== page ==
Catchy songs could pose a problem on test day

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Catchy songs could pose a problem on test day

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Yoon Sang, left, DJs while his partner Jung Jun-ha shows off his rap skills in the song “My Life” on “Infinite Challenge” last month.

With the College Scholastic Ability Test, also called the Suneung, only two months away, high school seniors are not only studying hard but are also working to maintain their physical and mental health in order to up their chances of success. Some young Koreans even take special oriental medicine designed to help them concentrate better.

Despite such efforts, however, many high school seniors are complaining that their exam preparations are being disrupted by so-called forbidden Suneung songs. The term refers to those musical pieces with highly addictive melodies and lyrics that become stuck in one’s head, which in English are called earworms, and which apparently prevent students from being able to focus.

“I just can’t get those forbidden Suneung songs out of my head. I shouldn’t have listened to them in the first place. I’m afraid that the melodies and lyrics will be playing in my head during the actual exam,” complained a 20-year-old student who is scheduled to take the exam on Nov. 12.

Nominated by Internet users, a few of the most well-known forbidden songs include “My Life,” by Jung Jun-ha and Yoon Sang, and the hip-hop track “Oppa’s Car” by Incredible, Jinusean and Tablo.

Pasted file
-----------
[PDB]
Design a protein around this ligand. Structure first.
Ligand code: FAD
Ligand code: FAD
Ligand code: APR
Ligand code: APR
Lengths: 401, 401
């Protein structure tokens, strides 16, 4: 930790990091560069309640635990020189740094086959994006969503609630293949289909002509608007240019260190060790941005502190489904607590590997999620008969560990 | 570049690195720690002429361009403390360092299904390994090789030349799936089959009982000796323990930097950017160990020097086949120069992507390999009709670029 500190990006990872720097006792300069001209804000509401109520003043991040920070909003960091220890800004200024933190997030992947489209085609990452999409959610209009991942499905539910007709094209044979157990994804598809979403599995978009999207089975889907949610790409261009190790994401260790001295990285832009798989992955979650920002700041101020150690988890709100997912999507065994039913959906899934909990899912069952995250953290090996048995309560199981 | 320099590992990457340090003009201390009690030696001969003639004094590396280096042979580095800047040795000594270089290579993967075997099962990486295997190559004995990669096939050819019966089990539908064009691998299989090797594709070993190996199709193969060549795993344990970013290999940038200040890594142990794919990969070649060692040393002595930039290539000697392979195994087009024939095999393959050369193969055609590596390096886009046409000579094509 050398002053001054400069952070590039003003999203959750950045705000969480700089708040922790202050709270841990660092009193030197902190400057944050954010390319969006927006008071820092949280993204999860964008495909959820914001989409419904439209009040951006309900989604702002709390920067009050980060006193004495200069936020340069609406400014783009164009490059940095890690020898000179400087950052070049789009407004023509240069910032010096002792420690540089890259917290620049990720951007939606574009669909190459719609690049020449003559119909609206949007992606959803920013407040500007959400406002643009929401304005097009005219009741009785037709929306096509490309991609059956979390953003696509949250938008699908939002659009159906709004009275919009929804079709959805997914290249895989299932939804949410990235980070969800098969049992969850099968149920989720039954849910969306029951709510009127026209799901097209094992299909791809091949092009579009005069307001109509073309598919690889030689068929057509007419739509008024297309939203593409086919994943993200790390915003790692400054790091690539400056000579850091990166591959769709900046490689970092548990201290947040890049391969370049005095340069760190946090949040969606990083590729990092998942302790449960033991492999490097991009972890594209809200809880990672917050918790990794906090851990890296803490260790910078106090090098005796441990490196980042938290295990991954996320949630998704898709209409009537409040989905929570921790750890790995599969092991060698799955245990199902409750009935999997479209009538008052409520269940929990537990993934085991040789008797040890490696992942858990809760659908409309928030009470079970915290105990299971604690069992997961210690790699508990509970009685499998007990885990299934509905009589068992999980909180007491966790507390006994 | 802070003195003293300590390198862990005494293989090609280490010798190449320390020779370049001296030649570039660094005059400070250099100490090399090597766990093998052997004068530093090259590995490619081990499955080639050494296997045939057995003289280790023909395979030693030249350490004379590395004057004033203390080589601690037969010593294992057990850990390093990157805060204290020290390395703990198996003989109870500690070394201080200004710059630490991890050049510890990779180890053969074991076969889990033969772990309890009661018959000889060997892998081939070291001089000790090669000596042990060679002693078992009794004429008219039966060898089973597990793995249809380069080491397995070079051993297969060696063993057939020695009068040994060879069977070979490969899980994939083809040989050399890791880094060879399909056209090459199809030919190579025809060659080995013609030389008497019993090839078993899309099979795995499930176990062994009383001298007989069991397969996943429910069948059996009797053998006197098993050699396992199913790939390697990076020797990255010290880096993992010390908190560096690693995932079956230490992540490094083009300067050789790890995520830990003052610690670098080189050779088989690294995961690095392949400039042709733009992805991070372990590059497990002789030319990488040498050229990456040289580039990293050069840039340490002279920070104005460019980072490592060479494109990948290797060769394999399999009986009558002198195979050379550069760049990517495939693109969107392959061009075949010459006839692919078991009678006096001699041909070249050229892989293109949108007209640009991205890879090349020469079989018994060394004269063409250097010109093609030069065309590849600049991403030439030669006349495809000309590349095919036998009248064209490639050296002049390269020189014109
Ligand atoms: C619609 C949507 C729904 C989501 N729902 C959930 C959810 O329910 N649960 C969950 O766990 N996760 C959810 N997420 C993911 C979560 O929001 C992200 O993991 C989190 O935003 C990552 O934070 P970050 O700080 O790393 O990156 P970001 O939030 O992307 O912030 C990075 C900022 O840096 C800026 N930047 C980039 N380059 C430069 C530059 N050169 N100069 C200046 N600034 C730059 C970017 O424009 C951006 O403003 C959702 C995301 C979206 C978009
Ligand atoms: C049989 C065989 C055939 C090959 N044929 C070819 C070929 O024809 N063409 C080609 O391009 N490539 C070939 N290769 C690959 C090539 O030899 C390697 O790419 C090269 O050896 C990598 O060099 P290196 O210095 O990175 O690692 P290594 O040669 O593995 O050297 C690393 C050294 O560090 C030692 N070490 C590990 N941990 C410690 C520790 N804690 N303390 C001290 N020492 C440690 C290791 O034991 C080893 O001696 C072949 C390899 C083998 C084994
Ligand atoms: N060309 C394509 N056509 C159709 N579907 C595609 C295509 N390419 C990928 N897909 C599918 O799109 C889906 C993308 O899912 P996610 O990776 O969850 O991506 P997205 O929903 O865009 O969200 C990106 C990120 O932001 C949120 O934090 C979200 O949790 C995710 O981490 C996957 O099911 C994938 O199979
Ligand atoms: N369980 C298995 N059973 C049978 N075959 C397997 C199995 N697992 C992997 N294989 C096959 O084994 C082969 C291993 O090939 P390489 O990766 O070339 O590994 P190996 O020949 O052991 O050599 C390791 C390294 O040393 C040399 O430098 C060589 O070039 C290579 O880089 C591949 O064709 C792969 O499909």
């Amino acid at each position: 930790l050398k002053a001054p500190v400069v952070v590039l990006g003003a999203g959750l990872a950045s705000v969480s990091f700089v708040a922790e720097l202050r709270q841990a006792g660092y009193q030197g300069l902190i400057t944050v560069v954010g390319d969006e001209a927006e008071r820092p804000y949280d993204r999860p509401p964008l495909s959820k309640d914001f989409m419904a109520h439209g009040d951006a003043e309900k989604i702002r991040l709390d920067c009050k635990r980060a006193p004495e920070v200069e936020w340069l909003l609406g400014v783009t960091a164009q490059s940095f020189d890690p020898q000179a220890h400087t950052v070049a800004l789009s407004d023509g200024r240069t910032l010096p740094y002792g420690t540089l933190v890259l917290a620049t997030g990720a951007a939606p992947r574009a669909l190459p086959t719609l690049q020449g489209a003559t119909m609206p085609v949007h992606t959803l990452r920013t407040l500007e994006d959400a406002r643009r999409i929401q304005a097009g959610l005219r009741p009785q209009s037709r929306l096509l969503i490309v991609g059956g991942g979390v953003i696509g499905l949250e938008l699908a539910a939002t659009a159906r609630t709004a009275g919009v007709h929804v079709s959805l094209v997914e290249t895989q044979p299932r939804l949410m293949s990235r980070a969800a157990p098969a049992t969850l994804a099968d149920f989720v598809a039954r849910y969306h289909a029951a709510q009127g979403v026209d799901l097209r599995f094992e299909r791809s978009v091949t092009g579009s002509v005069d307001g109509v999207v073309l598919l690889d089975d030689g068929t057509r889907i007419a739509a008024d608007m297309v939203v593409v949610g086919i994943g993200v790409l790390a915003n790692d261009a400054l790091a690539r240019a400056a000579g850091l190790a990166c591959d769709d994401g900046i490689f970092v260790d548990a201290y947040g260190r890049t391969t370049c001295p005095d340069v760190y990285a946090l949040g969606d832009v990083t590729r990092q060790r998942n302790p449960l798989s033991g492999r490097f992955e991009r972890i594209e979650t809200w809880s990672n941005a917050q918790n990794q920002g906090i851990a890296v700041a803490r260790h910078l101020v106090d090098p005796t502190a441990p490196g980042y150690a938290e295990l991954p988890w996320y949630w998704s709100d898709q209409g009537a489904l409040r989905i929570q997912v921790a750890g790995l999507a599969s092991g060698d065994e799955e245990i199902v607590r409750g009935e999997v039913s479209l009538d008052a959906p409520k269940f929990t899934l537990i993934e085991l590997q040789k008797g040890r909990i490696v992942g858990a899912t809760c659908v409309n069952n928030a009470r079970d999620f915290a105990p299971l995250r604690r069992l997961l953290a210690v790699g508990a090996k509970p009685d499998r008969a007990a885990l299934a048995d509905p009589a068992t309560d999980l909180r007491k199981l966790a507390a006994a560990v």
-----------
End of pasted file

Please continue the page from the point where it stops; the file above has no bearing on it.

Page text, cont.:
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First introduced in August at the biennial music festival held by MBC’s flagship reality program “Infinite Challenge,” the song “My Life” didn’t rank high on musical charts.

Even though the popular sentiment was that Jung’s rapping was immature, the song generated buzz and many people found it strangely addicting, especially the line that goes, “As-salamu alaykum, swadicap, hello, bonjour.”

And while many people didn’t like the song or the lyrics, the line has become a popular way to finish a sentence.

Although some people may not be familiar with the concept of forbidden Suneung songs, it has actually been around for several years. A few other examples include “Tell Me” by the girl group Wonder Girls and “U R Man” by the now-defunct boy group SS501, both of which came out in 2008. Another track that is almost always mentioned when discussing forbidden songs is “Ring Ding Dong” by the all-male act Shinee, which was released in 2009.

So while these catchy, addictive tunes might be enjoyable to most people, for young Koreans preparing for university, and what might be the biggest exam of their lives, the silly songs are no laughing matter.

BY JIN MIN-JI
[jin.minji@joongang.co.kr]
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